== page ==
Friday, March 17, 2023

News-media roundup: A.I. journalism arrives; a Sunshine Week victory; hope for the future in a volunteer writer . . .

Community journalism produced by artificial intelligence has arrived, and it's scary, warns Reed Anfinson of Minnesota's Swift Coutny Monitor-News. He cites a Poynter Institute article by Alex Mahadevan and writes, "Deceiving the reader is going to become A.I.-assisted child’s play. Where does that leave citizens of a representative democracy who depend on trusted information to assess those elected to serve their needs?"

The Trust Project announces that its seal of approval has been added to several more news sites "as need for trustworthy news reaches crisis." They include its first tribal-nation site, Osage News; its first entirely health-focused site, MindSite News, which focuses on mental health; and Eye on Ohio, Investigate Midwest and the Texas Tribune.

Kirsten Lane
When high-school junior Kirsten Lane volunteered to write for the weekly Hickman County Times in Centerville, Tenn., Editor and Publisher Brad Martin welcomed her, "because folks who like to write are few." He reports that Lane "is polite, a good speller, writes clean sentences, can ask a question, makes focused photographs, meets deadline requirements and offers to go above and beyond. . . . Even if she doesn't go into a writing field, she will know about newspaper writing ... a cousin to efficiency, attentiveness and the ability to analyze. You may not think those abilities are important, and that this nation's future will simply develop on the sentence-by-sentence creations entered into hand-held devices every few seconds. I must say, good luck with that."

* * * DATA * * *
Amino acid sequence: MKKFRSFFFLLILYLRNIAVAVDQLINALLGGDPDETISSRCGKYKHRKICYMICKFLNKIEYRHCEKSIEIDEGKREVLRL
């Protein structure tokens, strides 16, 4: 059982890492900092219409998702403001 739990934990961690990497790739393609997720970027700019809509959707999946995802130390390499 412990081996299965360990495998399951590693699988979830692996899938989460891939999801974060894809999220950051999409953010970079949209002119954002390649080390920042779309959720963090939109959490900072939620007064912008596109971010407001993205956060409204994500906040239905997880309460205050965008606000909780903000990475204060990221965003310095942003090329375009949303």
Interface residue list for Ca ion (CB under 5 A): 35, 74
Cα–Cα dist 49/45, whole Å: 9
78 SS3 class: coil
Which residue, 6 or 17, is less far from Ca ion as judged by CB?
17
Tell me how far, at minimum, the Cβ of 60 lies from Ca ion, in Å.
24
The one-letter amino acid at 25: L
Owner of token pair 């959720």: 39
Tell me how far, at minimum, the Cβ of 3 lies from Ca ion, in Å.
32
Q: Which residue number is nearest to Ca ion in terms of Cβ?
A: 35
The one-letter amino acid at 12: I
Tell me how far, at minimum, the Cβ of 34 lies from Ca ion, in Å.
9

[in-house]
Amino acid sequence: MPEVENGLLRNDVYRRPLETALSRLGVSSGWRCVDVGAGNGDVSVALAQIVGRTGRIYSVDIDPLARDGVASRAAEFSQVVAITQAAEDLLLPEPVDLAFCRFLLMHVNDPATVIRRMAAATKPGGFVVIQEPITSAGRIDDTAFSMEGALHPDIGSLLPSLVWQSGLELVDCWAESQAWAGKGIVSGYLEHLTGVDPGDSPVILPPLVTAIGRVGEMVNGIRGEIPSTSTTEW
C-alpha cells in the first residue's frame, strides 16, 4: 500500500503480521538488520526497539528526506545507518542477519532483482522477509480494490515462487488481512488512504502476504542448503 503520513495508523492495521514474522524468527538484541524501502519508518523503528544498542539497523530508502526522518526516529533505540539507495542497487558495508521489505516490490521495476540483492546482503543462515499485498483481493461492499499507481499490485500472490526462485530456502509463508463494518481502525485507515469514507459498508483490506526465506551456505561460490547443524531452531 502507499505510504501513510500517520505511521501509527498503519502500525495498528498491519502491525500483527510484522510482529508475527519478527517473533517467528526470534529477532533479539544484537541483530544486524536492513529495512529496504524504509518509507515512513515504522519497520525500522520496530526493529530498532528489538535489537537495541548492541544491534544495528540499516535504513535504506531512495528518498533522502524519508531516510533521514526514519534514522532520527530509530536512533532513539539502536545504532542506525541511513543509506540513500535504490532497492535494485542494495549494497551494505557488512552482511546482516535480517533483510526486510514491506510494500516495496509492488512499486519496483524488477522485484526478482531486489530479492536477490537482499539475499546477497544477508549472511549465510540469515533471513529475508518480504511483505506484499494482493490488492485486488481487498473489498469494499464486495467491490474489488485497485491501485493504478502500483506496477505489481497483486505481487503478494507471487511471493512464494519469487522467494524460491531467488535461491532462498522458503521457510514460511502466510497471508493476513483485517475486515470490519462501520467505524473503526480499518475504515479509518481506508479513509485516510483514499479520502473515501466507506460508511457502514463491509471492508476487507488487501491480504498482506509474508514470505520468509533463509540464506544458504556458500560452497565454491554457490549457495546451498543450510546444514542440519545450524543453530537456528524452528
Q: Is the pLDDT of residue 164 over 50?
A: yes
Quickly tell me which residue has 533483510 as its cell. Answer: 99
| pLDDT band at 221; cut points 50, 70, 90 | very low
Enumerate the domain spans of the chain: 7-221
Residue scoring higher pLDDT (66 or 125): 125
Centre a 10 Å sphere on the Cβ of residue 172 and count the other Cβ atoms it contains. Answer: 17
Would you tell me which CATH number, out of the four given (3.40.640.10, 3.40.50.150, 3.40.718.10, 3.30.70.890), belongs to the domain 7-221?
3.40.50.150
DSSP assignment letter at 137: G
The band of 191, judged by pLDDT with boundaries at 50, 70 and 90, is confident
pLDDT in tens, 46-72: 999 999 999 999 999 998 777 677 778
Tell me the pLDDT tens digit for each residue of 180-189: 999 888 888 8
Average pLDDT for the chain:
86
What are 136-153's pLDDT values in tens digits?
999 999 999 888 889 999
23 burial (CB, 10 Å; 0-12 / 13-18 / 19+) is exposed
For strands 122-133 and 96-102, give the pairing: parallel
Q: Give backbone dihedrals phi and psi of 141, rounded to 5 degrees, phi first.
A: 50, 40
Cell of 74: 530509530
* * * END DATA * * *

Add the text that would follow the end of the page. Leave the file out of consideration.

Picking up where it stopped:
Sunshine Week, the annual promotion of open government, saw "a huge victory" in Arkansas, reports Arkansas Publisher Weekly, from the Arkansas Press Association. A bill to ease less-than-quorum meetings of boards "was rejected in a voice vote at the end of an all-day hearing," before and after the House's floor session. "After testimony from eight FOIA advocates representing APA, the Arkansas FOIA Coalition, the legislature-appointed FOIA Task Force and other groups and individuals, several lawmakers asked [the sponsor] to pull the bill down and negotiate an agreement with the APA and other FOIA groups. She adamantly refused, and the House panel rejected the measure as several FOIA advocates cheered." The Arkansas Advocate has details.

Editor Tammy Shaw
When Paxton Media Group eliminated a reporter's position at The Sentinel-News in Shelbyville, Ky., James Mulcahy quit as editor and reporter Tammy Shaw was named to replace him. In her first column as editor, she writes, "Last week I talked to an official at a local meeting, and they asked if the company was winding down the paper, one employee at a time. Not in the least. . . . This paper is more than one or two people, no matter how great the loss. It has lasted a very long time and will continue as long as there is support in the community."

Muckrack's "State of Journalism 2023" reports after surveying more than 2,200 journalists: Two-thirds say their work has been affected by economic uncertainty; about half considered leaving Twitter, but only 28% say they plan to spend less time on the social network this year; they also say they plan to spend more time on YouTube, LinkedIn and TikTok.

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